History: San Joaquin’s Chinese in the 1800’s

Once gold was discovered in California, many Chinese men made the harrowing passage for the chance to strike it rich. Upon arrival, many would have passed through San Joaquin County on the way to the gold rich Sierra Nevada. Some chose to stay in San Joaquin County and by 1850 the county’s official census boasted 50 Chinese men ages 16-36. Chinese immigration increased exponentially; in 1852 alone 4,000 made the trek. Once arriving in San Francisco, many of the travelers came to Stockton using the small steamer Kate Kearnery. Some went on to the mountains and some stayed. By the middle of the 1850s Stockton had become one of the centers for the Chinese in California.

history1The Chinese’s first settlement in the city was comprised of numerous shacks near the Hotel French located on Bridge Palace between Hunter and El Dorado Street. This was their primary living area until 1854, when the shacks caught on fire. They then moved to the Mormon Channel west of Center St, where they remained for many years until a gradual move to Washington Street. Once the Gold Rush ended many Chinese found themselves with limited opportunities for employment. There were just too many people competing for the same jobs. Many of the Chinese resurrected their old livelihood in China and returned to farming. By the late 1850s many were successfully farming potatoes and garden crops in the San Joaquin area.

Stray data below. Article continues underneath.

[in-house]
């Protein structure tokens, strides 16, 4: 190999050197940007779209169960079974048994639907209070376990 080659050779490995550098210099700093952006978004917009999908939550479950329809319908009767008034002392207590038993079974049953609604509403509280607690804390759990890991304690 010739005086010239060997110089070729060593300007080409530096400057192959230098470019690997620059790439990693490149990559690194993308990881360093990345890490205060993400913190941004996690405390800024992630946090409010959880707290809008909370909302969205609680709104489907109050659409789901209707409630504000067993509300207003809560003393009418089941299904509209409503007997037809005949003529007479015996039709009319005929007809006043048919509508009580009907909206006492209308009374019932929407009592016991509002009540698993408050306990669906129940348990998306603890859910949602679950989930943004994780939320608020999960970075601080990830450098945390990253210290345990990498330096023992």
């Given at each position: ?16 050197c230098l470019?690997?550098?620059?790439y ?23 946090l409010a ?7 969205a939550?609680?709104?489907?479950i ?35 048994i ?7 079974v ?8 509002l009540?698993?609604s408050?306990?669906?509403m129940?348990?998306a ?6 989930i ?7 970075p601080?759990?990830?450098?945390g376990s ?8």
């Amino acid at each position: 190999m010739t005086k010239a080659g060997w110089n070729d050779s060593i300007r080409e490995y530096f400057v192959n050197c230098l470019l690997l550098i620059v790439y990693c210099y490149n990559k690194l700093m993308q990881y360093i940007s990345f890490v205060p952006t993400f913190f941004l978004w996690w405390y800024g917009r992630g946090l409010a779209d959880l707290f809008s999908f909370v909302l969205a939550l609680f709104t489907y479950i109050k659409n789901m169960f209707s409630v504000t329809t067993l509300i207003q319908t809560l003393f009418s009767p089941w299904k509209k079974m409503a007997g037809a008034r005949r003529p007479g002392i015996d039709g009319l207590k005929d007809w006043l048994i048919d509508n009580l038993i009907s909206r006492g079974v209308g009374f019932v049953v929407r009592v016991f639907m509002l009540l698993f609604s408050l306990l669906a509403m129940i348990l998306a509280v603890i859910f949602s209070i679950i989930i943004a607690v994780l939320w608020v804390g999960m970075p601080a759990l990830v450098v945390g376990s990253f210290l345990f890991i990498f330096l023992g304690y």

history2A secondary migration occurred in 1865, due to the labor force required by Central Pacific Railroad to build the Trans-Continental Railroad. After completion the unemployed workers moved to the local cities, in San Joaquin County many turned to reclamation and irrigation projects on the Delta. For years many locals believed that the Delta was just a marsh land reserved for the ducks and geese, however the Chinese saw its true potential. Anywhere from three to four thousand Chinese workers were required for each of their reclamation projects including Sherman Island in 1870. Once they reclaimed the land from the marsh, extensive farming was underway. By 1880 there were 32 Chinese owned and operated farms in San Joaquin County and that was just the beginning. By the turn of the century there were 50 Chinese owned farms employing a total of 3,000 Chinese. Most of these farms were located in the counties outlaying communities leaving Stockton with a Chinese population of just 593. If things stayed the same the Chinese population impact on San Joaquin may have been very different but an earth quake soon set to rattle the west coast in 1906 would change everything.